Bridging the Gap between Tradition and Innovation.
Chinese ink refers to the medium of ink, typically applied to Chinese ‘xuan’ paper, sometimes with the addition of colour. The history of ink painting followed a parallel trajectory to oil painting in the West and is considered both a marker of Chinese identity and also a repository of Chinese culture – being an art form where representation, abstraction, calligraphy and poetry intersect.
The academic and commercial interest in Chinese contemporary ink painting currently enjoys stems from its established roots in China’s 5000-year-old art history. Many of today’s leading ink artists trained assiduously in traditional techniques and boast impressive personal collections of Chinese antiques and classical Chinese paintings. The works from these artists bear a timeless quality, accessible to antique connoisseurs, who would usually find that contemporary art might leave them cold.
But at the same time the expressive aspect of the ink movement coupled with the distinctive individual styles of the artists lends itself to a broad-based appeal beyond traditional Chinese art collectors.
Qin Feng (1961-). Civilization Landscape Series 0017, 2012, ink on paper, 125 x 200cm. £18,000 – 22,000
A Historical Moment
Historically the contemporary ink movement comes at a unique moment of transition in Chinese society and Chinese art and saw a generation of artists impacted by the Cultural Revolution. There had been significant migration out of China around 1945 and then again in the 1980s, of which the contemporary ink artists were a part of and it deeply informed their artistic practices. When the Stars Movement of the late 1970s and early 1980s hit China and kick started the Chinese contemporary art market, it saw several artists reject Chinese traditional art wholesale. However, Chinese ink painting had already been significantly enriched by cross-cultural pollination from overseas trips by artists to Japan in the 1920s and Europe in the 1930s. So, ink artists were in a special position of being heirs to a great artistic tradition but with a huge impetus to create something new for a rapidly changing society.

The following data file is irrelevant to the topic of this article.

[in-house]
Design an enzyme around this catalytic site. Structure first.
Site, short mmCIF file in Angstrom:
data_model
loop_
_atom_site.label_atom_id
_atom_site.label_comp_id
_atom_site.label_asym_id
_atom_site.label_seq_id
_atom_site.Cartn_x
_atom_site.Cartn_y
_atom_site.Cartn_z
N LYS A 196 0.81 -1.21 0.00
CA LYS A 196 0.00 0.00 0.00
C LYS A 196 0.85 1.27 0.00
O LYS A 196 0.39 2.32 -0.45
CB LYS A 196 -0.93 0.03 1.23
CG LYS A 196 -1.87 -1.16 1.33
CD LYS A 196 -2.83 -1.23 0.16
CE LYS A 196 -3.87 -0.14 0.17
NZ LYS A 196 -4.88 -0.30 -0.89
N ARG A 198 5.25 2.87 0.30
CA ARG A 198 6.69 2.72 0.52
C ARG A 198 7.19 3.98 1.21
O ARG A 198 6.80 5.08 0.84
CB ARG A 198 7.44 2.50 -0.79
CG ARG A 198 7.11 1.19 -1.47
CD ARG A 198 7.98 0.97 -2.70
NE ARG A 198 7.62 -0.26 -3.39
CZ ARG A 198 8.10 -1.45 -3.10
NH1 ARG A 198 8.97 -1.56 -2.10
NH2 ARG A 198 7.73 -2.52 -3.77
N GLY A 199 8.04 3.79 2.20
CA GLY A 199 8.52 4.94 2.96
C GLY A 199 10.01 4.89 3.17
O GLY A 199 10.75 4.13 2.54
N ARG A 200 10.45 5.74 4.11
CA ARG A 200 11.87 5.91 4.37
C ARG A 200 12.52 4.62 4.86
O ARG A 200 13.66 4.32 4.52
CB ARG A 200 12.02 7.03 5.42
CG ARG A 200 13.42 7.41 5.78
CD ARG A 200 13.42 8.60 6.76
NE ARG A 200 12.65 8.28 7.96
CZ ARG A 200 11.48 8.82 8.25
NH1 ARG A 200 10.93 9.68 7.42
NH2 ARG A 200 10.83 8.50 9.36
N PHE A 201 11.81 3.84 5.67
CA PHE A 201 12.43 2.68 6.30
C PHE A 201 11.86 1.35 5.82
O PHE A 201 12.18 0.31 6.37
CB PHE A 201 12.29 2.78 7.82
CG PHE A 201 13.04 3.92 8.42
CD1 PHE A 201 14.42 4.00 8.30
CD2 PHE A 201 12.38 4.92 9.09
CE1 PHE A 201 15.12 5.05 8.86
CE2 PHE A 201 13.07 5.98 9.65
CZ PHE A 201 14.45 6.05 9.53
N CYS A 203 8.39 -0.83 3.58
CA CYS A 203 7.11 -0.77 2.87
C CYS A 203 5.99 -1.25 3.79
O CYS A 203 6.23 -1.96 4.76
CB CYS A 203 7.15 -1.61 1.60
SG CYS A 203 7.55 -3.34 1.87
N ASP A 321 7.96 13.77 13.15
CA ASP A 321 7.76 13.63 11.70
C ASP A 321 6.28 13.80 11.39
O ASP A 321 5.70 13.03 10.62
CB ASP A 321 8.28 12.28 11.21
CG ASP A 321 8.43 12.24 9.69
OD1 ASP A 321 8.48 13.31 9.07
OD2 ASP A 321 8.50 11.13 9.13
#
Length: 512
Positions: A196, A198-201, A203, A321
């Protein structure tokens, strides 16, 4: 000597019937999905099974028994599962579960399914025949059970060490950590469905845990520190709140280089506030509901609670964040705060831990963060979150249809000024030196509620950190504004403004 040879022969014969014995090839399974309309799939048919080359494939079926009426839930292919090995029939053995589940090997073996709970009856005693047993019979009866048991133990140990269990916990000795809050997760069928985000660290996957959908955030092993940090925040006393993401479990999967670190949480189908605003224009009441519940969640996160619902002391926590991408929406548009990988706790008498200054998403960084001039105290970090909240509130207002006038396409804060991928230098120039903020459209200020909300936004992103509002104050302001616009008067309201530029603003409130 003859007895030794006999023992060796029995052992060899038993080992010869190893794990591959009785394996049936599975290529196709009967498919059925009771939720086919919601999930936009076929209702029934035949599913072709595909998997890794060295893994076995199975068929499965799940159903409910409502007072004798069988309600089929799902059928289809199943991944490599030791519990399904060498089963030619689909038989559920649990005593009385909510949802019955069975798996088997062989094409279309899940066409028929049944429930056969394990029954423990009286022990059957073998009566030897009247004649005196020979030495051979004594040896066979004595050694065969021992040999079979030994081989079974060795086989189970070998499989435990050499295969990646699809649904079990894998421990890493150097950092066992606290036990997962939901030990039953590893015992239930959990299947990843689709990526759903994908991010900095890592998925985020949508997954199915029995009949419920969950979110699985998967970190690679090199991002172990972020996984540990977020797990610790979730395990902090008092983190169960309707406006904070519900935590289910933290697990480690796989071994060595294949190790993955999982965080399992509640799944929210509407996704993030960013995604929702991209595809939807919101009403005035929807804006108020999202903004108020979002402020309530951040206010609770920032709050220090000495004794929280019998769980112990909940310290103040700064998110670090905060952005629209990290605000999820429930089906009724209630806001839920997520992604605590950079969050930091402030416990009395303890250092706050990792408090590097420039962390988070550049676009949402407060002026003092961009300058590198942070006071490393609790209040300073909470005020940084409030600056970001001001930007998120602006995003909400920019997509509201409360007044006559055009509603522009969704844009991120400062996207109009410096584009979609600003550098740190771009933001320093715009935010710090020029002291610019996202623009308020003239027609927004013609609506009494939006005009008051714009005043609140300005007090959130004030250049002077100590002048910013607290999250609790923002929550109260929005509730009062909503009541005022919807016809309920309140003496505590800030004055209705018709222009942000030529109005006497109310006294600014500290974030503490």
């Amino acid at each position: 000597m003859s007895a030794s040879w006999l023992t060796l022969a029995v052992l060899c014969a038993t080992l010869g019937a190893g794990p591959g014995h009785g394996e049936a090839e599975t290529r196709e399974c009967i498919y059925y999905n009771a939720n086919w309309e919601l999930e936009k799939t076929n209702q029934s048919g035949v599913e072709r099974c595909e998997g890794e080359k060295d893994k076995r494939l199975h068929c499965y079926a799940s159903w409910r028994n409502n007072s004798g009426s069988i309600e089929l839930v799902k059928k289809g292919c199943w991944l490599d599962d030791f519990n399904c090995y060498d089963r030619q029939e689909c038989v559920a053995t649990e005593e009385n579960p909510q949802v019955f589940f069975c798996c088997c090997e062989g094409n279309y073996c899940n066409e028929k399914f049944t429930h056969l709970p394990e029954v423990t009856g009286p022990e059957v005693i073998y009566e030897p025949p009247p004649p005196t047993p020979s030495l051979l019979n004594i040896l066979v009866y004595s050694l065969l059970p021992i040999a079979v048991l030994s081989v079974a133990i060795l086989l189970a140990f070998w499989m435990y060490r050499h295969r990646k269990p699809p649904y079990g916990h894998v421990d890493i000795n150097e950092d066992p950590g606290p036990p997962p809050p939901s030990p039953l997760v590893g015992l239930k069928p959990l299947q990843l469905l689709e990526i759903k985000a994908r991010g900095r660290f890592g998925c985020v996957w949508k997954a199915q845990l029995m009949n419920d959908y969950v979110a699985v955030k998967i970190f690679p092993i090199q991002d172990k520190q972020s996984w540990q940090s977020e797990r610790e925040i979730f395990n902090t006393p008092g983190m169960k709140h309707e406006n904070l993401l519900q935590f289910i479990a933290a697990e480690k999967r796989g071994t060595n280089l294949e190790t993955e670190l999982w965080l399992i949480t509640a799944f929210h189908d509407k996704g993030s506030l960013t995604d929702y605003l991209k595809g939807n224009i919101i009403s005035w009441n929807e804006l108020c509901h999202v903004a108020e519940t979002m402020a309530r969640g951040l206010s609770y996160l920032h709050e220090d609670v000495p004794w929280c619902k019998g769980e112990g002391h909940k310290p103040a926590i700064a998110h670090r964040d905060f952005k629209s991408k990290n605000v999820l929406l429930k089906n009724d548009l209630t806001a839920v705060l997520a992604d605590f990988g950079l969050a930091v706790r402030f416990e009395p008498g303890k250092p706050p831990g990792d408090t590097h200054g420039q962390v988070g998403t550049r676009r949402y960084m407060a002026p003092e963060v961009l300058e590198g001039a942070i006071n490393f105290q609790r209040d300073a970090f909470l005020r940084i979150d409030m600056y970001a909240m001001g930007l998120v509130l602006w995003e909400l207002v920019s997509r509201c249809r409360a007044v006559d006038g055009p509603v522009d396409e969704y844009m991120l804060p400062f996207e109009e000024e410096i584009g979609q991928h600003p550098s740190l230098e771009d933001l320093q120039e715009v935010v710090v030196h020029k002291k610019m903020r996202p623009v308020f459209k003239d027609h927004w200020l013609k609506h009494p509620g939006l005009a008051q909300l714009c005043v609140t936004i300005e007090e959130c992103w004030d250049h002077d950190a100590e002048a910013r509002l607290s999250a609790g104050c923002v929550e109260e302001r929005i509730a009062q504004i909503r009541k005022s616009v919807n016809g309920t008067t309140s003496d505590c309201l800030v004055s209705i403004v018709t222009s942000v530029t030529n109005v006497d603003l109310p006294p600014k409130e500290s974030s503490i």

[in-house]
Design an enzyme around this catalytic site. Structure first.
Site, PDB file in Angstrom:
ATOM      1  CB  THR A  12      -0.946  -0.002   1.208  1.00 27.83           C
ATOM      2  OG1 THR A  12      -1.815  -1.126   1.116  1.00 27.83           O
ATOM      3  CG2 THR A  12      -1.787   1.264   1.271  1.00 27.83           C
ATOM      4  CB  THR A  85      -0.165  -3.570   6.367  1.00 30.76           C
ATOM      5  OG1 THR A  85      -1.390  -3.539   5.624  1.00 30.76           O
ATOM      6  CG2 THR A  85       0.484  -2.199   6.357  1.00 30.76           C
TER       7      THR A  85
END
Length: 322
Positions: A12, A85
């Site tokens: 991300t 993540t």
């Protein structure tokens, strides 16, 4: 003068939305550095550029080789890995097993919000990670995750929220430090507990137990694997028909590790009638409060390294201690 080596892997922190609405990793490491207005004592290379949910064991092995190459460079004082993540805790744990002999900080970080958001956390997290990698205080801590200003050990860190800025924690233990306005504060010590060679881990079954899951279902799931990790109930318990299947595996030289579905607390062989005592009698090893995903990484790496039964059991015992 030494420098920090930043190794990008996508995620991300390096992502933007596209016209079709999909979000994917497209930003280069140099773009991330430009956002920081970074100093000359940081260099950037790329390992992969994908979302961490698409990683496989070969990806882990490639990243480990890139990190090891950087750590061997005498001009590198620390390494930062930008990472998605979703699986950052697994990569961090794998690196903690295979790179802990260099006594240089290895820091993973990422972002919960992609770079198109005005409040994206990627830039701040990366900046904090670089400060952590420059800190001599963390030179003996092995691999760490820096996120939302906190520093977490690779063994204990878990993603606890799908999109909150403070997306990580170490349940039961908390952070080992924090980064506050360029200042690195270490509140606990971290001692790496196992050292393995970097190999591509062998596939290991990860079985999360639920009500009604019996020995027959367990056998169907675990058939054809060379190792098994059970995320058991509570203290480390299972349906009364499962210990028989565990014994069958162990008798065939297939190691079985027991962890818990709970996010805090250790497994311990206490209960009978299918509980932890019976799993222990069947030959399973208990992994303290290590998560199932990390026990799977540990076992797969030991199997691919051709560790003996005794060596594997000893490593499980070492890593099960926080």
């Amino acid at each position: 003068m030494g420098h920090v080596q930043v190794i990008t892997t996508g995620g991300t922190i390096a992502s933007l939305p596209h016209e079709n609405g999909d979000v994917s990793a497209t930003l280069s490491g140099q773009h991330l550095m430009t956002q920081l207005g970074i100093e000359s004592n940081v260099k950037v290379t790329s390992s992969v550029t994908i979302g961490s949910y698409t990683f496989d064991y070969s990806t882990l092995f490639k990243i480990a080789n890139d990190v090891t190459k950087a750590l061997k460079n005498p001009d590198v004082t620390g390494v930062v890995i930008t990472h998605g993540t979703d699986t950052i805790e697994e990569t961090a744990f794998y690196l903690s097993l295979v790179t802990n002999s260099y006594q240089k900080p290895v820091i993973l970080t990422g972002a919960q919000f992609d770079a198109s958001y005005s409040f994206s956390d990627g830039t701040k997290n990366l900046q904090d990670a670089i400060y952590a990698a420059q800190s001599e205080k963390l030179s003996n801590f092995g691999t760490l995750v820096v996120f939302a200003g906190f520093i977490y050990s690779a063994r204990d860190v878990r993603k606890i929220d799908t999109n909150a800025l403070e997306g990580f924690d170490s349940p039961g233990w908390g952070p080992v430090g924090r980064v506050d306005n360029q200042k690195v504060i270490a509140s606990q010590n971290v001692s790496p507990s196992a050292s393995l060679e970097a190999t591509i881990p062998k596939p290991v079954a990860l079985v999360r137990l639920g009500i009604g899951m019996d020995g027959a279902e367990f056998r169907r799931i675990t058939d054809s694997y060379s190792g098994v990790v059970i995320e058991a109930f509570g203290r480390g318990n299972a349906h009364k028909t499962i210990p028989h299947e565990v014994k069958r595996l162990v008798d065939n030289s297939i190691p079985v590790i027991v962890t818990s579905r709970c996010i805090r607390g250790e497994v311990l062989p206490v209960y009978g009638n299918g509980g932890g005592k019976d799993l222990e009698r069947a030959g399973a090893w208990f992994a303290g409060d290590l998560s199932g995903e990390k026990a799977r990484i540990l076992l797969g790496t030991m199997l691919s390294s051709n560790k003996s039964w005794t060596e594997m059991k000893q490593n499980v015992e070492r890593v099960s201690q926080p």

The International Component
The development of the contemporary ink genre has been enriched by a number of artists who have relocated internationally following a wave of migration around 1949 which coincided with the founding of the People’s Republic of China, and was followed by the economic opening of China from the late 1970s onwards. The effect of international migration in the contemporary ink genre can be seen in the work of two artists from the Nanyue Pavilion Collection.
Wucius Wong (1936 –) is considered a leading figure of the Hong Kong New Ink Movement. He moved to Hong Kong from Guangzhou in 1946 and studied under Lui Shou Kwan and worked as a scholar producing dynamic paintings fusing Chinese classical paintings with inspiration from Chinese and western literature and western graphic design.
Chun-yi Lee (1965 –) studied under Liu Guosong, founder of the Fifth Moon Group, which channels abstract expressionism to merge Chinese calligraphic with the shapes and colours of western abstract art. Lee applies ink to paper with a square cork, using thousands of impressions to build up the final image incorporating Chinese calligraphic into each square to seamlessly merge poetry and landscape.
Chun Yi-Lee (1965 –). Painting in Poetry, Poetry in Painting, 2012, ink on paper, 152.4 x 68.6 cm. Estimate: £12,000 – 15,000
Wucius Wong (1936 –). Expression in Calligraphy #29, ca. 1998, ink and color on paper, 64.5 x 112 cm. Estimate: £8,000 – 12,000
Recent exhibitions at the MET and Guggenheim Museums have recast contemporary ink within the dual artistic canons of 20th century ink painting and contemporary Chinese art and has seen the medium become more prominent across markets. There has been a dedicated INK art fair to the medium in Hong Kong since 2015 and Sotheby’s and Christie’s have offered sales in this category in Hong Kong from 2012 and 2013, respectively with Sotheby’s presenting the Origo Collection in 2016, all providing further focus on the medium.
Li Jin(1958 -). Enjoy the Cool, 2009, ink and colour on paper, 44.9 x 44.5 cm. £1,500 – 2,000
As the realisation dawns that ‘contemporary ink’ should be given its rightful place at the centre of both 20th century Chinese art and contemporary Chinese art many argue an inevitable consequence will be an upward surge in prices, placing the market on a par with prices achieved for both 20th century Chinese art and contemporary Chinese art. Currently for the medium, price points remain reasonable (the Nanyue Collection includes works starting at £500) making it the perfect time to enter this exciting and dynamic collecting area.
The sale, An Odyssey in Ink: the Nanyue Pavilion Collection of Contemporary Chinese Paintings, will take place on 29 September 2020. Please contact Lazarus Halstead, Head of Asian Art, for more details: